Refrigerate leftovers within 2 hours.


Per serving: 120 calories, 4.5 g total fat, 0 g saturated fat, 21 g carbohydrate, 2 g protein, 3 g fiber, 20 mg sodium, 40 mg calcium



Bean and Smoked Cheddar Salad

Bean and Smoked Cheddar Salad
This tasty bean salad comes together in no time, and the smokey cheddar adds bonus flavor. No smoked cheddar? Try using sharp cheddar or pepper jack.

Serves 4

dash-recipehealthy-recipeentree-recipeSide dish recipe



Dietitian’s Tip: Build a DASH meal with this salad by adding a side of fresh fruit and a whole grain roll

2 tablespoons Dijon mustard
2 tablespoons cider vinegar
¼ teaspoon salt
1 teaspoon sugar
¼ teaspoon black pepper
2 tablespoons olive oil
2 tablespoons fresh parsley, chopped
¼ cup red onion, minced
½ cup celery, sliced
2 15-ounce can 50% less sodium beans (garbanzo, kidney or black), drained and rinsed
4 ounces smoked Cheddar cheese, cut into ¼ inch cubes

In a large bowl combine Dijon mustard, cider vinegar, salt, sugar, black pepper and olive oil: whisk until well mixed.
Add remaining ingredients to large bowl with vinaigrette and mix until evenly coated. Serve chilled or at room temperature.

Per serving: 240 Calories, 11 g total fat, 4 g saturated fat, 310 mg sodium, 23 g carbohydrates, 8 g fiber, 12 g protein, 192 mg calcium


These materials are available to Oregon residents and organizations at no charge.
If you are not an Oregon resident, please contact
your local dairy council.


Select from the suggested quantities or choose “other” and use the box at the end of the list to tell us what quantity you want. Product availability is subject to change. Please allow 2 weeks for standard delivery.

Questions? Call 503-229-5033  M-F 8 AM to 5 PM or email us at



activity-and-eating-small-steps-to-a-healthier-you_lgActivity and Eating: Small Steps to a Healthier You (Adults)

Self-guided workbook to improve food and activity choices. Also available in Spanish. 8 pages.













a13s-largeCalcium: Are You Getting Enough? (Teens–Adults)

Compute calcium intake, set goals and learn about calcium and health. Print version available in Spanish only.

a124-lgDASH Savor Choices

Known as the “diet for all diseases” DASH is a healthy eating plan for everyone. These tear sheets will get you started. 50/pad. Measures 8.5″ x 11″.

exercise-your-options_lgExercise Your Options (Grades 6-8)

Nutrition and physical activity program helps students form healthy behaviors. Kit includes: teacher guide, 50 student workbooks, DVD with teaching materials. Read more about this program here.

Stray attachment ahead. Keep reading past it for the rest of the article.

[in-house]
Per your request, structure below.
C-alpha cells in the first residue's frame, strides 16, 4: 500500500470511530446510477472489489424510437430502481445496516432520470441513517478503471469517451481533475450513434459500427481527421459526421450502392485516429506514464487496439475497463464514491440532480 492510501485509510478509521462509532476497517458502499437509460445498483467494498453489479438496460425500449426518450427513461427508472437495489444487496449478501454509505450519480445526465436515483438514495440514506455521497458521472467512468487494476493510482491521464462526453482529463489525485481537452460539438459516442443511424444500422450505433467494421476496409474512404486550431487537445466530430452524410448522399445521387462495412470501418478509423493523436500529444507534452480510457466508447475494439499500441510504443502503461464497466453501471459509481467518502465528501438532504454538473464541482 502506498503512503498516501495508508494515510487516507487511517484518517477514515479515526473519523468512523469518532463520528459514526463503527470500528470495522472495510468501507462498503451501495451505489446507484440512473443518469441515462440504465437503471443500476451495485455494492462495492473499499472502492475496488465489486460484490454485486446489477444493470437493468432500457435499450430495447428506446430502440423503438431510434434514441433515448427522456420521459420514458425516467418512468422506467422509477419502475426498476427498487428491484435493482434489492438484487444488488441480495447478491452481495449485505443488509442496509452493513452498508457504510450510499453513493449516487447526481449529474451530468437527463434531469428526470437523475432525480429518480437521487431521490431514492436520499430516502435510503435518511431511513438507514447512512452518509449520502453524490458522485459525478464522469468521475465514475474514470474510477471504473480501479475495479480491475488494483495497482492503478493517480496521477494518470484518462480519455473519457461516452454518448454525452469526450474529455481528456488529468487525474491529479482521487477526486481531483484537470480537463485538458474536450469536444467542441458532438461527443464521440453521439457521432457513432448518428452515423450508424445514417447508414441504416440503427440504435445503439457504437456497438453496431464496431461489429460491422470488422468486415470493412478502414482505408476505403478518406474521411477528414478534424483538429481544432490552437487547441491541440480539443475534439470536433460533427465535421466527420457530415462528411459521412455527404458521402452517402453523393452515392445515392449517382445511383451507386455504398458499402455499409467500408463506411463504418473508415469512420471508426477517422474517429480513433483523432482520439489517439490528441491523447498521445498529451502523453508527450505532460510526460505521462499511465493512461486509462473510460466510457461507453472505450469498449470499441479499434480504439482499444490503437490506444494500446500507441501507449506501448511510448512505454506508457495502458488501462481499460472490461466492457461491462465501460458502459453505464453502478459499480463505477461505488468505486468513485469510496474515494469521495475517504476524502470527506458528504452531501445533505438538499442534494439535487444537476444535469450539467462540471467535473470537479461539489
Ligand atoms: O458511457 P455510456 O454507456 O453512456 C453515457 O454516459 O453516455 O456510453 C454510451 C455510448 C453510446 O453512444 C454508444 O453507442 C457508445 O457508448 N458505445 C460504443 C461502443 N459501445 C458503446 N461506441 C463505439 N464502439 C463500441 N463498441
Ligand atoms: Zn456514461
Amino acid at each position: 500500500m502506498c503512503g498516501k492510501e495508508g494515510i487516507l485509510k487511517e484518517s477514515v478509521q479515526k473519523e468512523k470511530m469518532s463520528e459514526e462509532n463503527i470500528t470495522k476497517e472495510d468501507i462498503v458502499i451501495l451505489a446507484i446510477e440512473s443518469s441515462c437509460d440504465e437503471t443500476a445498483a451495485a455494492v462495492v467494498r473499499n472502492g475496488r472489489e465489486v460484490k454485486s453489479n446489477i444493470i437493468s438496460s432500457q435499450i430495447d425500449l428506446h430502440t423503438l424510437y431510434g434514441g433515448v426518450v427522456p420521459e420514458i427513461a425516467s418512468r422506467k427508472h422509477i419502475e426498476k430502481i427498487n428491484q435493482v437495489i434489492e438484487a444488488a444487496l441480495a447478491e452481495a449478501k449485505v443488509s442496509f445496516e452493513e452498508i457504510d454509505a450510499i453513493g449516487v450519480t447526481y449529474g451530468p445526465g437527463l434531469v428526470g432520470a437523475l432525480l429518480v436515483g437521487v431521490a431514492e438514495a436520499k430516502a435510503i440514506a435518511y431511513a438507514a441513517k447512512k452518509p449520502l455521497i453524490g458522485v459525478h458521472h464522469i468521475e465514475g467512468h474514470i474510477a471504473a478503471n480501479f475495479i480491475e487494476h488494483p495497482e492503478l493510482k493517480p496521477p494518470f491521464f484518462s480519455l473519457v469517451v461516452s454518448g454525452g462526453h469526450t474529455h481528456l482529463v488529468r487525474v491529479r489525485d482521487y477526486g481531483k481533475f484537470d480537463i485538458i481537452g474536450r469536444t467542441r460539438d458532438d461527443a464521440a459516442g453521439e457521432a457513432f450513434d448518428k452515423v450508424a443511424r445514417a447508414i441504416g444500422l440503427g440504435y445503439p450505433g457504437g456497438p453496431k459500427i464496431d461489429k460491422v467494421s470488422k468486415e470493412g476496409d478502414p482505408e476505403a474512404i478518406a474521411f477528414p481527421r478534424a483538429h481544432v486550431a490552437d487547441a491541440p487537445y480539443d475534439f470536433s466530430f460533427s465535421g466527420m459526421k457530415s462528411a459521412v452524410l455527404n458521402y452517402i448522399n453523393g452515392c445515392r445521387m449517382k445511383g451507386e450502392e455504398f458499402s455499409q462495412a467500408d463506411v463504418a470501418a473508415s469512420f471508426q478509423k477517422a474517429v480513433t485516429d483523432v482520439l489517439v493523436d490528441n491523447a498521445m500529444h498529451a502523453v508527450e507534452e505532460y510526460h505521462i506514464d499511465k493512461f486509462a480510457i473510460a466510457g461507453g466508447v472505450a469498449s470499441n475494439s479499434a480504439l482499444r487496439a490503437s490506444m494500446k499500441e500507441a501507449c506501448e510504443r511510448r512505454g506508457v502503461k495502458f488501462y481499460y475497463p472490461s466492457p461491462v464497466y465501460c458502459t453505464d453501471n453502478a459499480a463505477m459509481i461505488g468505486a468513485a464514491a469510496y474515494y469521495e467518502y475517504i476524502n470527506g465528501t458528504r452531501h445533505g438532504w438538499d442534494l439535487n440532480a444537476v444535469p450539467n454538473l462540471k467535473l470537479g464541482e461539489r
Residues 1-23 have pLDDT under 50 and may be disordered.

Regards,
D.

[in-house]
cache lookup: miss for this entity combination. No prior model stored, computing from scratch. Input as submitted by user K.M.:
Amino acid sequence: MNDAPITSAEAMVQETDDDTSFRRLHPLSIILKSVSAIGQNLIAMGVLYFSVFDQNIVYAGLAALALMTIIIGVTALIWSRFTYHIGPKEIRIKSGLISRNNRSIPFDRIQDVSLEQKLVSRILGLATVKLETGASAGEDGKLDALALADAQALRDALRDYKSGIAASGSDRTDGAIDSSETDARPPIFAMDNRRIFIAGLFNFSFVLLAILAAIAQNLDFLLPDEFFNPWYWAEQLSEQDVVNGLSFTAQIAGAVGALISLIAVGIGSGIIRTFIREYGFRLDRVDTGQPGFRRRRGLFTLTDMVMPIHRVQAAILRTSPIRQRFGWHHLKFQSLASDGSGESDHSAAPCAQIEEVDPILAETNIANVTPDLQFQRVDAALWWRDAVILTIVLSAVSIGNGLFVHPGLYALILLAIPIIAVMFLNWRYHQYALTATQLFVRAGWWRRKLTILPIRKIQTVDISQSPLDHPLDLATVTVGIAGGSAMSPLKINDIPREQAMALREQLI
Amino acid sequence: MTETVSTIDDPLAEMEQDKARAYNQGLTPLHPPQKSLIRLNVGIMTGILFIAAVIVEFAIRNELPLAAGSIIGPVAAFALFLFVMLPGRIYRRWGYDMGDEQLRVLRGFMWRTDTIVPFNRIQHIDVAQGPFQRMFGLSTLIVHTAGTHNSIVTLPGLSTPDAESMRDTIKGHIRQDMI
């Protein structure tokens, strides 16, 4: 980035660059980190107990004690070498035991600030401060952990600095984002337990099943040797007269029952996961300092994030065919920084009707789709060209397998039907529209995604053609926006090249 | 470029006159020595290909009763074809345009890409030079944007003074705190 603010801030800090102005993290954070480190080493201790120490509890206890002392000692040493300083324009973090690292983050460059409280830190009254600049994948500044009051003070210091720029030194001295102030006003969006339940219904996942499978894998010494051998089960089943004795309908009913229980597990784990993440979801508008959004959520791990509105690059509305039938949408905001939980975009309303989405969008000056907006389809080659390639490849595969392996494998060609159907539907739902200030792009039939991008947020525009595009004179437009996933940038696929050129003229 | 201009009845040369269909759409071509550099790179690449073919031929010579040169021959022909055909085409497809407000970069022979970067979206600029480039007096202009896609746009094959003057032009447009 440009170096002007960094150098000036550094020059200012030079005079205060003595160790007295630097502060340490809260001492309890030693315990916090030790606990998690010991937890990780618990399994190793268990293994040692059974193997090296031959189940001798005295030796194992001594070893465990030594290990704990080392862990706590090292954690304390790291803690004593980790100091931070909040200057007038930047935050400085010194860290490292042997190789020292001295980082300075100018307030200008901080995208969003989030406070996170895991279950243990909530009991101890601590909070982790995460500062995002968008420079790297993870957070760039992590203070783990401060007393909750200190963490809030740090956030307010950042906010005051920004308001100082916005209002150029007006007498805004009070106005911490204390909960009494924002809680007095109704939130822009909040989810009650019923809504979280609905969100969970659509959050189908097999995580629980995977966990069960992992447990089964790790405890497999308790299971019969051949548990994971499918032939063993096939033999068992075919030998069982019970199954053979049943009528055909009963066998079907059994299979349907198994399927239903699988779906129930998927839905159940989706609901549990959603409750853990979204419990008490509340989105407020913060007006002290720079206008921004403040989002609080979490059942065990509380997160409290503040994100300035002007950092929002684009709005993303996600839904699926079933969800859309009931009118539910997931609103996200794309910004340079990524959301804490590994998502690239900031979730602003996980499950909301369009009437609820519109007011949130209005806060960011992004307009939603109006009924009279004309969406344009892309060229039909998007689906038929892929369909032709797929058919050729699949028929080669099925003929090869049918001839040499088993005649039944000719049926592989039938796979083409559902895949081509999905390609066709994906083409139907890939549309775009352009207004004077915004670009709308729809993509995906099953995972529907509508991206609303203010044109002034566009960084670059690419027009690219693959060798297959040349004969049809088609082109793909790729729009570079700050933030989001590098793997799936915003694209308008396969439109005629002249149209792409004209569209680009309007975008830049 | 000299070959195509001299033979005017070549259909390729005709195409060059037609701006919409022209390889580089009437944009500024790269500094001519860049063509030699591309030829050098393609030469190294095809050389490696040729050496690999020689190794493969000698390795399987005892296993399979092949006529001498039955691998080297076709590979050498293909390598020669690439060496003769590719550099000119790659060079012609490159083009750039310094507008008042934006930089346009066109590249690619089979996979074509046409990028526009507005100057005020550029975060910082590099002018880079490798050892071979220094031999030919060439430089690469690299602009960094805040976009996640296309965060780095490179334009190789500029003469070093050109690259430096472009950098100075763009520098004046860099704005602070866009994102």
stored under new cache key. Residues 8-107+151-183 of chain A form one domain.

a20-largeGrab and Go Foods

Poster featuring nutrient-rich food choices when you are on-the-go. Measures 25.5″ x 33″.

a172-largeMyPlate Wheel

One side is for males, the other for females. Select age and activity level to show MyPlate recommendations for calories and food groups.

Food Amounts Count/Meet the Five Food Groups

Wheel companion handout (1) included with wheel order. Also available for download.

a168_lgNutrition Note Pad

Magnetic note pad for your grocery list or other notes. Measures 2.75″ x 8.75″.

a121-largeOne Body for Life

Poster features nutrient-rich foods and the benefits iron, calcium, potassium, carbohydrates, protein and vitamins C, E and A provide for the body. Measures 25.5″ x 33″.

plan-it-snack_lgPlan-It Snack (Grades Pre-K-5)

Guide for parents to help form healthy snacking habits. Includes sample grocery list and snack ideas. Print version available in Spanish only. Measures 3.5″ x 8.5″.

pregnancy-a-special-time-for-nutrition_lgPregnancy: Healthy Moms + Babies

Guide for healthy eating, weight gain and physical activity for peri-conception to postpartum. 8 pages.

a105-largeSee the Difference Nutrient Bar Graph Cards

Set of sturdy, colorful cards that show the calories and 10 nutrients in one serving of each food. Includes foods from all food groups, as well as combination foods. 50 cards + 8-page leader guide.

start-your-head-eat-breakfast_lgStart Your Head: Eat Breakfast (Grades K-5)

Poster with three activity masters all about the benefits of breakfast.  Measures 22″ x 25″.

a165-lgThink Your Drink

Poster compares labels and the nutrient values of 8 different beverages. Eight activity masters help students learn how to read labels and evaluate sugar content. Measures 24″ x 31″.

a104-lgToss ‘N Tell Ball (Grade 4-adults)